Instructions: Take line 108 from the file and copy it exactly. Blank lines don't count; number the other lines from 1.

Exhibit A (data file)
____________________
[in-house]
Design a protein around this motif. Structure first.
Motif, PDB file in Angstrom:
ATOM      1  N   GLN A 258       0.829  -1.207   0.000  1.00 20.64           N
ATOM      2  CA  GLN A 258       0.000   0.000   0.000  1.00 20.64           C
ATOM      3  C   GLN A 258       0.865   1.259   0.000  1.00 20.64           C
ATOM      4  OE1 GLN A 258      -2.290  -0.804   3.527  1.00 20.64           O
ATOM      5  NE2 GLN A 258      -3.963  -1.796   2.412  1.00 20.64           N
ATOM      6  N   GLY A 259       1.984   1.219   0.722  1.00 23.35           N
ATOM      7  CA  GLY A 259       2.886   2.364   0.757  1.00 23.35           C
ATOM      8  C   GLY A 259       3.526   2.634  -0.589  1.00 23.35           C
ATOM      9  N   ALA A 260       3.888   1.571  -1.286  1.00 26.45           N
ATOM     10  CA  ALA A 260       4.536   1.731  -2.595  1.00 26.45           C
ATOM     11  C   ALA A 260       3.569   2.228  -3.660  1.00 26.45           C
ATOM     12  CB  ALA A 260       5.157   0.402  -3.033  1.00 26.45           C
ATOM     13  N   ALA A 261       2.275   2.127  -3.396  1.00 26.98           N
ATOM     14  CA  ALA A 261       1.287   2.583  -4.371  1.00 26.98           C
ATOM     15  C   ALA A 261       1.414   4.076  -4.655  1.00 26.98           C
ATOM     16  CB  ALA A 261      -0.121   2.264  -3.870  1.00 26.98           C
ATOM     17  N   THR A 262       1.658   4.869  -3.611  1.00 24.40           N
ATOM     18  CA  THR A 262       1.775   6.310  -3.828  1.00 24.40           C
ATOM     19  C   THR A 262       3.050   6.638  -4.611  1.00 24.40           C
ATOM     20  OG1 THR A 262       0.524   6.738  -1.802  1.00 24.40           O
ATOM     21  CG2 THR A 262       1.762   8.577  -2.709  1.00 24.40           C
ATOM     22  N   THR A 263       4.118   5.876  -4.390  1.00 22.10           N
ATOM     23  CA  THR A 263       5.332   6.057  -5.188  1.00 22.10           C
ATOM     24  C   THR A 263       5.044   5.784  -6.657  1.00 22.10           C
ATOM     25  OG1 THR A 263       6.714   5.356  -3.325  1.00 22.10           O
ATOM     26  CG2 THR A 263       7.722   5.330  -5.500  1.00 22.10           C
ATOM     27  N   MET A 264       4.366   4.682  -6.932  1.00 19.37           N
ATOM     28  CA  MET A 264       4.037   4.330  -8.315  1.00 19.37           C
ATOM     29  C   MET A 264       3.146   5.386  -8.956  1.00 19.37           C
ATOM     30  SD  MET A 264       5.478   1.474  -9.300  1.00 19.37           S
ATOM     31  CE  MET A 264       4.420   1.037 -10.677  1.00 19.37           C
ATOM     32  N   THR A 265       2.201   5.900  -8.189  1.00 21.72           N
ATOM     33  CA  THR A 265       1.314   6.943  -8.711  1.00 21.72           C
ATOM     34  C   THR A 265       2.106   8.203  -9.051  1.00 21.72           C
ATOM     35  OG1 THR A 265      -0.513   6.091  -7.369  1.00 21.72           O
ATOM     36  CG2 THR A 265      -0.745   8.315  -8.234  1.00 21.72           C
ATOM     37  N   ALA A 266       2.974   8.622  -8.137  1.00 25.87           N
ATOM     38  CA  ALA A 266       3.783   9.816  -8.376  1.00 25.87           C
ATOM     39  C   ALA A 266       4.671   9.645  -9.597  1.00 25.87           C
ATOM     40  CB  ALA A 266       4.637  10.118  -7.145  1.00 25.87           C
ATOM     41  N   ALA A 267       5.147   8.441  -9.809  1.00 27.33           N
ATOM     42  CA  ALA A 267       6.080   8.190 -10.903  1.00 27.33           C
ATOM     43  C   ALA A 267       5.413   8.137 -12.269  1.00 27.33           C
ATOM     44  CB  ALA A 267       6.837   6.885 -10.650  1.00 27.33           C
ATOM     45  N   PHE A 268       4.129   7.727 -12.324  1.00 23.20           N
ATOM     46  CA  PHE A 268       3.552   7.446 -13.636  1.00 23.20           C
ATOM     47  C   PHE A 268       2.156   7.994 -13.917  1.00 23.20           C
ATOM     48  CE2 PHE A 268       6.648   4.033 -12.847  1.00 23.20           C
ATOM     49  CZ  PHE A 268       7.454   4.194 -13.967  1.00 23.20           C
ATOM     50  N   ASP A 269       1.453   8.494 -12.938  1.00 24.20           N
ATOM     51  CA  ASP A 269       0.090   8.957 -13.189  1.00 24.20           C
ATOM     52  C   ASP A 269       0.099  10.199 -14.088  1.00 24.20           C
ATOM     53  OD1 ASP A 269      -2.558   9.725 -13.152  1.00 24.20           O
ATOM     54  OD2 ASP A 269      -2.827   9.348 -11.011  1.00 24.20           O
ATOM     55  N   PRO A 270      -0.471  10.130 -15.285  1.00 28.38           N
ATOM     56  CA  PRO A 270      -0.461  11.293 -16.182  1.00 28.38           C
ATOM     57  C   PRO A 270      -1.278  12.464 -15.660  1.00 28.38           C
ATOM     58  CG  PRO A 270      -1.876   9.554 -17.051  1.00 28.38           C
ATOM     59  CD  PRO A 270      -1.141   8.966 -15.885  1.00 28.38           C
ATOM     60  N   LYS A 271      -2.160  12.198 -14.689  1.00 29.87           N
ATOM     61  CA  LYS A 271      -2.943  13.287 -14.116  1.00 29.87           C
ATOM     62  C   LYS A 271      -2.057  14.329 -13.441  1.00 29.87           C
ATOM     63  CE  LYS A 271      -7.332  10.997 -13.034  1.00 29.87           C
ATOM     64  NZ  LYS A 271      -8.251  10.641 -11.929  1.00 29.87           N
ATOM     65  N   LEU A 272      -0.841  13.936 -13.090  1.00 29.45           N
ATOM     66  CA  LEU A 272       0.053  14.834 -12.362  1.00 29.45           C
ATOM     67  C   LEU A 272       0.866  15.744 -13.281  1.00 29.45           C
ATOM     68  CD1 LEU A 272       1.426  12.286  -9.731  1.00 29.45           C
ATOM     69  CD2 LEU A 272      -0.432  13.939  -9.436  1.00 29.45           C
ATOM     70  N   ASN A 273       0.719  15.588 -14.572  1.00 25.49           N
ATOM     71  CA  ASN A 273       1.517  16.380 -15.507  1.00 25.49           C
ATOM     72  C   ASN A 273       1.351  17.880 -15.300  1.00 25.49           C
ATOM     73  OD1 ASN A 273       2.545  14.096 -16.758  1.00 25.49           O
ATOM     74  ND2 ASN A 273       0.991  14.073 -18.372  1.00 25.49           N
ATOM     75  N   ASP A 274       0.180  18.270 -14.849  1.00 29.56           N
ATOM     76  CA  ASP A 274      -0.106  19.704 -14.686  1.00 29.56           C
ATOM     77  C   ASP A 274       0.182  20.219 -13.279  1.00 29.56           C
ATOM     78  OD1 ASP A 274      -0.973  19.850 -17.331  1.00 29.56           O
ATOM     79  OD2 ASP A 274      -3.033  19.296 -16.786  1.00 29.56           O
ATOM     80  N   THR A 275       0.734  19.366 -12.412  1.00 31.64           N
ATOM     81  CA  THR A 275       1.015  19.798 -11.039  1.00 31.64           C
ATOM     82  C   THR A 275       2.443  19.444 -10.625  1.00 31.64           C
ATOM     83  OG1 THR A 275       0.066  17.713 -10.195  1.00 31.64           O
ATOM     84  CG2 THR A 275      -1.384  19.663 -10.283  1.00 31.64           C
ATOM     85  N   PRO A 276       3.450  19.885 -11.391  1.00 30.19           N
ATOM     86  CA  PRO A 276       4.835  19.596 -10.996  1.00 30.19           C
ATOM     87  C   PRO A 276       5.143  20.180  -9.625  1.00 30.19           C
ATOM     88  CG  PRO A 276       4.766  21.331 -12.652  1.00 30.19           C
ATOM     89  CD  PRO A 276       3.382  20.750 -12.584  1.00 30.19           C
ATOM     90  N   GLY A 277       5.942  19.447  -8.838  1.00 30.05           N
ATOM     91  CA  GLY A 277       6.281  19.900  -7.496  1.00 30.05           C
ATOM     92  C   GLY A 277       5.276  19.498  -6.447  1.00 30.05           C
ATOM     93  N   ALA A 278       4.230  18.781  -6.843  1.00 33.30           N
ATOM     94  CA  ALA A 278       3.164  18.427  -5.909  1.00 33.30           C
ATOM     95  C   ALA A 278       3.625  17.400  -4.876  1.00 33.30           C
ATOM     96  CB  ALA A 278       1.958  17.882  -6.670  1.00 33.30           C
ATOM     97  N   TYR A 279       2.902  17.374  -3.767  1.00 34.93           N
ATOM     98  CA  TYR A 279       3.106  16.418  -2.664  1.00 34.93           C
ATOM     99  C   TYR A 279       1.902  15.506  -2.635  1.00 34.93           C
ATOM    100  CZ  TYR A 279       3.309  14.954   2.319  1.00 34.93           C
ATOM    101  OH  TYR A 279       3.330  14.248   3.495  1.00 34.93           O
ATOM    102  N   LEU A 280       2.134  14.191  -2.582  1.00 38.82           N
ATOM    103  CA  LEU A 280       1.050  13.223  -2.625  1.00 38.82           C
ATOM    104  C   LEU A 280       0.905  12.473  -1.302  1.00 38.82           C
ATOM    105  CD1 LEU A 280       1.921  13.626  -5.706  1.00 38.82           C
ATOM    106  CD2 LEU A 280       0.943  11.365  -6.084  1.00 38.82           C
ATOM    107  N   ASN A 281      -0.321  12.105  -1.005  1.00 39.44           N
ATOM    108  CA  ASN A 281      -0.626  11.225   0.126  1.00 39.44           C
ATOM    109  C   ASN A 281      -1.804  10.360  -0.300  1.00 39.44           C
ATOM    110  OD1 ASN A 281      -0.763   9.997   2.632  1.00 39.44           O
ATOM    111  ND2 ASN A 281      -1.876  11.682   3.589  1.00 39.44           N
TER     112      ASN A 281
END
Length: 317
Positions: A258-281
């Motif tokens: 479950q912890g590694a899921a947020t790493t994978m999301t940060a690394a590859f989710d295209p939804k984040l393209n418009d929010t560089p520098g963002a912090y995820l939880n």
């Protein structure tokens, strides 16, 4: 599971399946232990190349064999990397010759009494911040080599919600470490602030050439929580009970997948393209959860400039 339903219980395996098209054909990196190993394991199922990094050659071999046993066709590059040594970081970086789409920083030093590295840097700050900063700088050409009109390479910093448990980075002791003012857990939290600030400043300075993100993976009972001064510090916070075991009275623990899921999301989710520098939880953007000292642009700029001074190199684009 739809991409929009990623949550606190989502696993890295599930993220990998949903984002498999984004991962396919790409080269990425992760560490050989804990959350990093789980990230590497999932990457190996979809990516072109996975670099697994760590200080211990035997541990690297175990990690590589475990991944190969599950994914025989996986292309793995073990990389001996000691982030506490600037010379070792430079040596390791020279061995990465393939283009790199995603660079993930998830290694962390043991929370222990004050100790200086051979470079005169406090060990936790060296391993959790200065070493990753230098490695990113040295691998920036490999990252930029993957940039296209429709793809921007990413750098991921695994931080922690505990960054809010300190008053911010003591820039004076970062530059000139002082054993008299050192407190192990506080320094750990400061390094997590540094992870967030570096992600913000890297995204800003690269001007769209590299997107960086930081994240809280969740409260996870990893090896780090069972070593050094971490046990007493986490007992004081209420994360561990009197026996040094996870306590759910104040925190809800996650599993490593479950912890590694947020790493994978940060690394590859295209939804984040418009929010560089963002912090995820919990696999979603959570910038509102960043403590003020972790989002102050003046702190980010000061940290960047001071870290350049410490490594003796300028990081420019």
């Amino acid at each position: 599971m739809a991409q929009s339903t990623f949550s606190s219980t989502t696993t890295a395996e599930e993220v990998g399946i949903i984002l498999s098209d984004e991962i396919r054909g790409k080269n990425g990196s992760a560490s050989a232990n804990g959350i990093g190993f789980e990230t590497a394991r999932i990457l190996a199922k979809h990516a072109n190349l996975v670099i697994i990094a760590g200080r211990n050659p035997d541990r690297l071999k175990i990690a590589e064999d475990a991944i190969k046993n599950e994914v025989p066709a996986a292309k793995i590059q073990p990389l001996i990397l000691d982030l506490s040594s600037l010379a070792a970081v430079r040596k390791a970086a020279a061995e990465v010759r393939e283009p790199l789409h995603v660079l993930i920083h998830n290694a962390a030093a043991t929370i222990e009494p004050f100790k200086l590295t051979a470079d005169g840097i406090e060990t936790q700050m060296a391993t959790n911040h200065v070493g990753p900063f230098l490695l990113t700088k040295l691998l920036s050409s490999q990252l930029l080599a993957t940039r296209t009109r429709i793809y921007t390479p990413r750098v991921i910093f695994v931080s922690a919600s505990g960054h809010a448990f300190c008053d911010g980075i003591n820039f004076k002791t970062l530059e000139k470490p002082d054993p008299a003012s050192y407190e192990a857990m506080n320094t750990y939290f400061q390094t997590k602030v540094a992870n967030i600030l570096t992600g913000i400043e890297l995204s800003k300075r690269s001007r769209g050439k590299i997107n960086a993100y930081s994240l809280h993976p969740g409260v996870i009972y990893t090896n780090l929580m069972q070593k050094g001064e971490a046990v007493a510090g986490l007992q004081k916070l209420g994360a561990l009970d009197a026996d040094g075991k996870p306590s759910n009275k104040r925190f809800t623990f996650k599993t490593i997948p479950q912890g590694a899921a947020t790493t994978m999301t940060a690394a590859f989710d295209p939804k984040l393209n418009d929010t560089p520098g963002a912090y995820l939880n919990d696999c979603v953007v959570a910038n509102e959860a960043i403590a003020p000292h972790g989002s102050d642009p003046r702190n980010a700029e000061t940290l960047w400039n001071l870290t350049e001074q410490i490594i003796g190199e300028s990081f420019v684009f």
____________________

ATOM    105  CD1 LEU A 280       1.921  13.626  -5.706  1.00 38.82           C